Gavin Spokes and Keir Charles. Picture credit: Johan Persson
By Fiona Callingham
A MURDERED cat, a coughing Welshman and a menagerie of game show host impressions is just a taste of the bizarre and highly apt narrative of Quiz.
The year is 2003 and Charles and Diana Ingram are about to discover their sentences for supposedly conning £1 million from one of the most popular television shows at the time: Who Wants to Be a Millionaire?
This story could easily have been a straight-forward biographical dramatisation. Charles and Diana (the controversial nature of their names is, at one point, addressed) plan their way to the jackpot and the audience witness their downfall. Simple.
However, Quiz is so much more than that due to both the writing of James Graham and phenomenal stage design that perfectly utilises the space available.
Firstly, Graham was very keen to stress the notion that right and wrong are far too difficult to pin down, especially during court room scenes. This was aided by the structure of the play whereby in the first act the prosecution explains how the fraud was committed, and in the second the audience is provided an altered version of events to suggest the couple’s innocence.
The audience could also cast their own decisions using remote voting devices that revealed the percentage of those that believe them to be innocent compared to guilty. Needless to say after the second act the results had completely reversed.
The cosy setting of the Minerva Theatre added to the tense atmosphere of the Who Wants to Be a Millionaire? which is almost uncannily reproduced, including a rather playful yet superb performance of Chris Tarrant by Keir Charles.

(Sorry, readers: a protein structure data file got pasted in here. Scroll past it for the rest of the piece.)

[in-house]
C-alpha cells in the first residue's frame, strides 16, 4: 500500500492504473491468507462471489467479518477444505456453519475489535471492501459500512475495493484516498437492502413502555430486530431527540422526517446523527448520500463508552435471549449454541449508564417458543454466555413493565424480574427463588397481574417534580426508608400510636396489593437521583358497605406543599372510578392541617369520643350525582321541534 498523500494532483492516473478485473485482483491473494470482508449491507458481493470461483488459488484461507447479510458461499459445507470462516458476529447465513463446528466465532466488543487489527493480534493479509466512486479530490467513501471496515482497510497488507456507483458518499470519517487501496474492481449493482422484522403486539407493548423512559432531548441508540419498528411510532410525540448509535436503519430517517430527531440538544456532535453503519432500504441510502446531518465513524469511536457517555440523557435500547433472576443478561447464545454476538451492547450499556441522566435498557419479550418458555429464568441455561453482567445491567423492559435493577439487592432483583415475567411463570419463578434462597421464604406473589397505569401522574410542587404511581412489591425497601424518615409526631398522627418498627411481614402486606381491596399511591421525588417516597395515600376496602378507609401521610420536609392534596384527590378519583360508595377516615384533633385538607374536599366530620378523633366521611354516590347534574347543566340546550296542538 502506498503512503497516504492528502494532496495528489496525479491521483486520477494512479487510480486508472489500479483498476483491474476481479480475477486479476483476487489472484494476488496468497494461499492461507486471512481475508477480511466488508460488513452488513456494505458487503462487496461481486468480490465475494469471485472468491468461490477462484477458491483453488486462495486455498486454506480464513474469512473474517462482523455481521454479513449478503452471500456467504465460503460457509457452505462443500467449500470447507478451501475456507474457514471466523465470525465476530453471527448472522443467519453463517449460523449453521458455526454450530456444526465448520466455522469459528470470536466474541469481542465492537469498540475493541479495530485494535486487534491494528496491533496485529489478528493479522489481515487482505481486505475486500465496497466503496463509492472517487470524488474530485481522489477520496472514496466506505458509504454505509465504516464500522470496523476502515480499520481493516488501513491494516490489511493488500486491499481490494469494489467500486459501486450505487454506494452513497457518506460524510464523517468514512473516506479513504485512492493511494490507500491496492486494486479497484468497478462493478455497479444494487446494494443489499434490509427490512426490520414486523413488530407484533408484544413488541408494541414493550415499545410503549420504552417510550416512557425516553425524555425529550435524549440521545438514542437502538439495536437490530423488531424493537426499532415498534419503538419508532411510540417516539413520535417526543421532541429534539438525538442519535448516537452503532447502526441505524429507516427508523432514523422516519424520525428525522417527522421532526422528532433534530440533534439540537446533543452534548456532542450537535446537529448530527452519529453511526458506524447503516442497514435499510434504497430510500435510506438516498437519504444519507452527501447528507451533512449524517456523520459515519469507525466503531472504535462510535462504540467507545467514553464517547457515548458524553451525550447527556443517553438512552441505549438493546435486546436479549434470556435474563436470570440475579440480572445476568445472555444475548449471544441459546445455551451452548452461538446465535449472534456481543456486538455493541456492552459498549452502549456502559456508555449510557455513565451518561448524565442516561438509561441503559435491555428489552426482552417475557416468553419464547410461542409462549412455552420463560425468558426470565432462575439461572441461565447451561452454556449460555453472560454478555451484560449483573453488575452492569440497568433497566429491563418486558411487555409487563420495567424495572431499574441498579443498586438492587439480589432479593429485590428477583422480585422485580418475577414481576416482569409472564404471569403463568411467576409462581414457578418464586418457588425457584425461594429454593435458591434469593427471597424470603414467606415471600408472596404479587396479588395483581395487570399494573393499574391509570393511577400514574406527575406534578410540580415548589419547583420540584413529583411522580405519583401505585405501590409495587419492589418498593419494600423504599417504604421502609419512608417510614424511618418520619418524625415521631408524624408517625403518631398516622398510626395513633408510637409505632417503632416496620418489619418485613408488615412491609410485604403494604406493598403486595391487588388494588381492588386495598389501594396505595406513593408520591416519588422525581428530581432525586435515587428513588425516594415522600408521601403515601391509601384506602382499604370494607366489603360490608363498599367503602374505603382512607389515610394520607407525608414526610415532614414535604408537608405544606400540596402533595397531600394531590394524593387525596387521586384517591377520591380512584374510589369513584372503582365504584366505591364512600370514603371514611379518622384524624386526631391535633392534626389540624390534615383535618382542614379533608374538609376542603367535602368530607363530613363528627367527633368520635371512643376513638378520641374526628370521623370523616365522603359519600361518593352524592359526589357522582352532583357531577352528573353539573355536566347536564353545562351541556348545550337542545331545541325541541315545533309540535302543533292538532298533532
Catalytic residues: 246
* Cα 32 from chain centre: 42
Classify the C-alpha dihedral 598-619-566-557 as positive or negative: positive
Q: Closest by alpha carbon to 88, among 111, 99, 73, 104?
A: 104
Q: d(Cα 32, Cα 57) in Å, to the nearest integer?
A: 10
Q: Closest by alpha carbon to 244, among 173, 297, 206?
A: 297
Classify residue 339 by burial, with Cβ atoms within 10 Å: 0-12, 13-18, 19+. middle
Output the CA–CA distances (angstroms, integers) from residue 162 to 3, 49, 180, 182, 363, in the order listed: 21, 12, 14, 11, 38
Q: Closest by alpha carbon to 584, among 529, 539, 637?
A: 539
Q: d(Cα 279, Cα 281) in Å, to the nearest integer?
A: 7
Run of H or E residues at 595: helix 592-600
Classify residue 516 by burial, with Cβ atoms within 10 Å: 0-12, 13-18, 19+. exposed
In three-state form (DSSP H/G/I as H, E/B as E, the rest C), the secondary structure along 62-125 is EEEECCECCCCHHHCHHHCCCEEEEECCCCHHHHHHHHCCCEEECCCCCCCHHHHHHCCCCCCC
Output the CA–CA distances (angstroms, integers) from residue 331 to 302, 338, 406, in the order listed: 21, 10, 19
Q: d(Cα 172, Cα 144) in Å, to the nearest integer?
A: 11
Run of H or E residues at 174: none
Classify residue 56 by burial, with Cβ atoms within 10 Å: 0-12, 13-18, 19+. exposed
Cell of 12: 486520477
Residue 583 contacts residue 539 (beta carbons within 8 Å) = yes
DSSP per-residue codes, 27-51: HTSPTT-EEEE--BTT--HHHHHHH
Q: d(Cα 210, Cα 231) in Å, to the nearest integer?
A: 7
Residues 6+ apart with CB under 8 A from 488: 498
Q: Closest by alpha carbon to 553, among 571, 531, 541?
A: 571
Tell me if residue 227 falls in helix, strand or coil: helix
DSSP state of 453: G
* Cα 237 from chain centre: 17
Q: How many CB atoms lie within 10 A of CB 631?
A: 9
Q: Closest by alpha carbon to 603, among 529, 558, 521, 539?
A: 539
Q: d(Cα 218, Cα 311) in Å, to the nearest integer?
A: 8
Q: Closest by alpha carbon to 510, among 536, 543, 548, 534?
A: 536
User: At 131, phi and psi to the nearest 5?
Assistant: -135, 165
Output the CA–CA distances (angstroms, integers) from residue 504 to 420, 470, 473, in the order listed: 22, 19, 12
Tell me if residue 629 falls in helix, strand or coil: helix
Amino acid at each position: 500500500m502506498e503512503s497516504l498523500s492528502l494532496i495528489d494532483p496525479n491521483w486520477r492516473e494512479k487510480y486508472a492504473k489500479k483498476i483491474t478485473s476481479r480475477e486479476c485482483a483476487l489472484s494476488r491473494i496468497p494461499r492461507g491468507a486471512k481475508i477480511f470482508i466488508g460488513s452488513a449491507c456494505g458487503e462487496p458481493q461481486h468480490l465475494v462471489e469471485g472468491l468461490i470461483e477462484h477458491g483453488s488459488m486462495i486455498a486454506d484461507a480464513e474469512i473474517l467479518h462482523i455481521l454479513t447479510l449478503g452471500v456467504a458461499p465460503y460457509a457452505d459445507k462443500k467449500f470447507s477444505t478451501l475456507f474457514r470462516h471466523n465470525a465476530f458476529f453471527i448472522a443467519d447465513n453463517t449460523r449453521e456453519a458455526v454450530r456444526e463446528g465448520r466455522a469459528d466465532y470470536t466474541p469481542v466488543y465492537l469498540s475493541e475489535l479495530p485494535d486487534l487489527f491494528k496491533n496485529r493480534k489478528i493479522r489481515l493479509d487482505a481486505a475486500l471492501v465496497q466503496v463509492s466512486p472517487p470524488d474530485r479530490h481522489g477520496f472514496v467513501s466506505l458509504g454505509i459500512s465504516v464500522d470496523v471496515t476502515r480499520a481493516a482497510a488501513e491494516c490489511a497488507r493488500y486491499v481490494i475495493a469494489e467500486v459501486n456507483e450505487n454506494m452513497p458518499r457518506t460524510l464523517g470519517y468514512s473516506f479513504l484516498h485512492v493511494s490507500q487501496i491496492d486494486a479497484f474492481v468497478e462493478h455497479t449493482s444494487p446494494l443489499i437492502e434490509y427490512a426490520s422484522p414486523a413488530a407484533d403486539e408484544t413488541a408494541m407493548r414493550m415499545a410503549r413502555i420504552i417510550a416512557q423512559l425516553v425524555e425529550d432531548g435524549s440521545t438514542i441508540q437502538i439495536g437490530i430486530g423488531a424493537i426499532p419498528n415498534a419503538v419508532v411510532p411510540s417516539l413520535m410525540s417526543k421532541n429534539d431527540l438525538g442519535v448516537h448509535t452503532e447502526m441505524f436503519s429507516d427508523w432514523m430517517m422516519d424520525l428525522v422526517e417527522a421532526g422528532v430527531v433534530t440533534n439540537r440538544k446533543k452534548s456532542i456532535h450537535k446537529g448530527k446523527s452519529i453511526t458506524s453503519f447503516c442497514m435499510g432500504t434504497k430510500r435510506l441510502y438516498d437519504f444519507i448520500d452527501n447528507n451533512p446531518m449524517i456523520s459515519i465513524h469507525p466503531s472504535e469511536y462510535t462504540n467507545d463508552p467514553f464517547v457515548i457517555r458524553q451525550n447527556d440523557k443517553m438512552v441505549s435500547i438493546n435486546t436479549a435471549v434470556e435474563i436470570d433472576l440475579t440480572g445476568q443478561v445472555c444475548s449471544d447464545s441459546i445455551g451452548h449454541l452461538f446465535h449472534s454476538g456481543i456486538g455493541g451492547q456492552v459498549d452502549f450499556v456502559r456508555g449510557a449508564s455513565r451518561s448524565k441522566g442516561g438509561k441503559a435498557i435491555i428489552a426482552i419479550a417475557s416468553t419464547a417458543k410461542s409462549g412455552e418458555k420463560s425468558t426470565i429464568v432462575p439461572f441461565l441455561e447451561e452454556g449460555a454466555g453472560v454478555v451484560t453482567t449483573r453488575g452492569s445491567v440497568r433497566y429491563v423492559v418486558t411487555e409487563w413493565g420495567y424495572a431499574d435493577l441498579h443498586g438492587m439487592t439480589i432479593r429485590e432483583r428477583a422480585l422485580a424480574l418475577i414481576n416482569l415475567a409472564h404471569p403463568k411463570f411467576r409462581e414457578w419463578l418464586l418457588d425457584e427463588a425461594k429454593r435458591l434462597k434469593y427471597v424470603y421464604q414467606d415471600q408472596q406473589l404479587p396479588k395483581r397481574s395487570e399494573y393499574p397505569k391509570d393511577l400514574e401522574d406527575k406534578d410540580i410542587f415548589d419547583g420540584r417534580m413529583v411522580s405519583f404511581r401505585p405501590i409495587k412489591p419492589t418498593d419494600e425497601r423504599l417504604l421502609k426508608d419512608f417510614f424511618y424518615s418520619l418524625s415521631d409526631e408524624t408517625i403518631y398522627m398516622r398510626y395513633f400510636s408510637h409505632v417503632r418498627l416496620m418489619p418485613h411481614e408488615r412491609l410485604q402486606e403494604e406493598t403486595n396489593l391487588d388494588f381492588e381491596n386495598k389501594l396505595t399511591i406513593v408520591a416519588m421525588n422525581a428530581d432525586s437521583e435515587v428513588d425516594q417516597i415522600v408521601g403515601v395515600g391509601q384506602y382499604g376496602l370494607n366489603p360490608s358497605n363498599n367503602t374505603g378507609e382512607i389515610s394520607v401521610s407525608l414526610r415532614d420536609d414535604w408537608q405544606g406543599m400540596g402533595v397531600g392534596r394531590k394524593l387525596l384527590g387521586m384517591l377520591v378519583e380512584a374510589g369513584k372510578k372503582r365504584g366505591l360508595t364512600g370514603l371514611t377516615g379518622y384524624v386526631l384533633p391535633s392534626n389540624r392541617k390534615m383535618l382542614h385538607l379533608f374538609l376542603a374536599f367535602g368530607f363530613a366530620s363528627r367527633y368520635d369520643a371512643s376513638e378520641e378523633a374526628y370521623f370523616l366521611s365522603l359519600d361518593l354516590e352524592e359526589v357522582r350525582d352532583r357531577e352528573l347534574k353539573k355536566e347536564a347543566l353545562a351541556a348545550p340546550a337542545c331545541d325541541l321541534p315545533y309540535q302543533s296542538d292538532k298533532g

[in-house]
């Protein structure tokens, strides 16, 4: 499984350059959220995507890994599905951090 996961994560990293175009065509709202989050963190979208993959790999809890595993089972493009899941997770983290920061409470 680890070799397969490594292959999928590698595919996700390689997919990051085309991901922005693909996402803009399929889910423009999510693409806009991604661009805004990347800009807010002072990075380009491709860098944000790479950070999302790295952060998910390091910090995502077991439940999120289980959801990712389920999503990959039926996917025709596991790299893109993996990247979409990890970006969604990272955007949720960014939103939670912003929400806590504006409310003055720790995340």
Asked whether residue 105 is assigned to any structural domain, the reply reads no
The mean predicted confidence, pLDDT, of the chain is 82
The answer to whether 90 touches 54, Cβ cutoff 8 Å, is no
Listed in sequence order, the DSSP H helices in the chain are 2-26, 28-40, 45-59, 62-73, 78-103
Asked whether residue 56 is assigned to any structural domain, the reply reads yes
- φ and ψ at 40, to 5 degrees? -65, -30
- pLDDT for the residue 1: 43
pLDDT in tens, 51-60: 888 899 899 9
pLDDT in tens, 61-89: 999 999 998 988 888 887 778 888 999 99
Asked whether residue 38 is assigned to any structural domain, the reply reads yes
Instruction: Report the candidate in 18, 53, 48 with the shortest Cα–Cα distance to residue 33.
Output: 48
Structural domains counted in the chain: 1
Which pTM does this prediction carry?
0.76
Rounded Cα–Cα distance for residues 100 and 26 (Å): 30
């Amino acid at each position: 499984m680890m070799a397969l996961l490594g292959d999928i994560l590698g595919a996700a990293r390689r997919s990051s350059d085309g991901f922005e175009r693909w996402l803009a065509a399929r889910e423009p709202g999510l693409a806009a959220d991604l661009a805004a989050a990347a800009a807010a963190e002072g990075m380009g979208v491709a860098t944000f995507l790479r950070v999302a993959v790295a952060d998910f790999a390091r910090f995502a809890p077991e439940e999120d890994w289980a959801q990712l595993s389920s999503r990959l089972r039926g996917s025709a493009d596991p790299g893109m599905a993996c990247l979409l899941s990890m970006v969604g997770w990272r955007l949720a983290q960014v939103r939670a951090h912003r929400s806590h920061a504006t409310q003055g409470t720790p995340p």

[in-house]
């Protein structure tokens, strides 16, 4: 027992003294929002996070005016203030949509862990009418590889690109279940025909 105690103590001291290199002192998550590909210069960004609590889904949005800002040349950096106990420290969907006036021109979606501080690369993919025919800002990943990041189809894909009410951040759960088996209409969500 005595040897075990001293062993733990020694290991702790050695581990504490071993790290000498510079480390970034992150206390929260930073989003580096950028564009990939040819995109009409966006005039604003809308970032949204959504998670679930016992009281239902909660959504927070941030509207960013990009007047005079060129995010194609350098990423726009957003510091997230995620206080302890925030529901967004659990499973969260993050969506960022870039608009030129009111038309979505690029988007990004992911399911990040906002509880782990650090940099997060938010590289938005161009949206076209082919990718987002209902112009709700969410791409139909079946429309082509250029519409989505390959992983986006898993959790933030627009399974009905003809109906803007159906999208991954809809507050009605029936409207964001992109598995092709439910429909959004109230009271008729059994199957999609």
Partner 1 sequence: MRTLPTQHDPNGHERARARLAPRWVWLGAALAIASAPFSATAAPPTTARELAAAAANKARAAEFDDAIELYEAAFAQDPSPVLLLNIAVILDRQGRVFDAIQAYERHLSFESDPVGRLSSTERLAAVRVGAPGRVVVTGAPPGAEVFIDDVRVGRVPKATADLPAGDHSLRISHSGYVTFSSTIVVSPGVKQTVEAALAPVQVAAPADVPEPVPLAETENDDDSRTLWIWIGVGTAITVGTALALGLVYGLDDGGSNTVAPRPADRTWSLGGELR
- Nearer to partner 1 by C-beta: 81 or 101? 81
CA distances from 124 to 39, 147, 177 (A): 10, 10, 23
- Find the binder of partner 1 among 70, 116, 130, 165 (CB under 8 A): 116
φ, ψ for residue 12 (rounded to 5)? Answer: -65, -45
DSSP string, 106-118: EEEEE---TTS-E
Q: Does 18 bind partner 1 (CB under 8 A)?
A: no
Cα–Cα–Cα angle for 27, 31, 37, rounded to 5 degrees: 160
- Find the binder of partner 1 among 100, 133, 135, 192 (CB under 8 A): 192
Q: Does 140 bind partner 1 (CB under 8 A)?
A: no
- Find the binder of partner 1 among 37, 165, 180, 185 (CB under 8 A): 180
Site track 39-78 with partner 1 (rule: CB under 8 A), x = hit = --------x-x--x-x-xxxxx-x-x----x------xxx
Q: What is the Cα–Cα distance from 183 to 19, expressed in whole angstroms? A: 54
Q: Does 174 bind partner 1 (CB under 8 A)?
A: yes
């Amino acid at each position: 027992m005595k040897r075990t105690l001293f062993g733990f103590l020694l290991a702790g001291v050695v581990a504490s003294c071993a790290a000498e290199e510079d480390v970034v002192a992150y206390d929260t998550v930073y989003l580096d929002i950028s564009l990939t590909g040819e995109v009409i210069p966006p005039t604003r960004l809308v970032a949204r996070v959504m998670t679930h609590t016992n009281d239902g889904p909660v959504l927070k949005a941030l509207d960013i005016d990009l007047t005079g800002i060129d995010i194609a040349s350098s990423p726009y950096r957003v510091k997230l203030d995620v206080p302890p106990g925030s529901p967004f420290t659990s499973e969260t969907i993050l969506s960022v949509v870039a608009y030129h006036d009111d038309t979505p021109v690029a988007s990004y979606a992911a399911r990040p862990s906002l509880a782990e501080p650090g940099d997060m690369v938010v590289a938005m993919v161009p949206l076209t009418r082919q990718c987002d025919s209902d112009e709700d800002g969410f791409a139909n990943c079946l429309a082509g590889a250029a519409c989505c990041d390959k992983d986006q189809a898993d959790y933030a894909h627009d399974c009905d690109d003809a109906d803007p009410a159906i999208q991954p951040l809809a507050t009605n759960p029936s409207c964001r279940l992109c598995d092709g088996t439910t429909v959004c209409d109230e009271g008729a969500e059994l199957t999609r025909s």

Shifting scenarios including various game show studios, in which audience members were told to “come on down” and take part, domestic settings and the court room are all effortlessly realised using a multi-purpose stage.
Many of the actors also were not confined to one role showcasing their talents in a variety of roles from television producers, to journalists and real life people.
Credit must be given to Gavin Spokes and Stephanie Street who portrayed the Ingrams with unfaltering conviction spanning their obsession with the show, joy at winning and pain caused by the consequences. One fault of the play is that its tightness suffered here due to over-reliance on backstory, both into the couple and the history of broadcast. But that is only one concern.
Mirroring the Ingrams, the British public are depicted with an unhealthy preoccupation with quizzes initially explained as “an excuse to go to the pub.” This is aided by the wonderfully meta nature of this production. Several times the actors acknowledge that they are in a performance and the multiple usage of audience participation confirmed that there is something to be said for that.
Quiz also serves as a time capsule of Britain on the brink of the technology and internet-dependant nation it will become. It seems strange to think there was a time when people used books and asked others when solving a question rather than searching for it quickly online: a pub quiz host despaired “bloody Google!” at one point to much laughter.
That’s part of what makes Quiz so fascinating. Not only are Charles and Diana Ingram on trial for their actions but something is being asked about the audience too.
Quiz is on at the Minerva Theatre in Chichester until December 9. Book tickets at cft.org.uk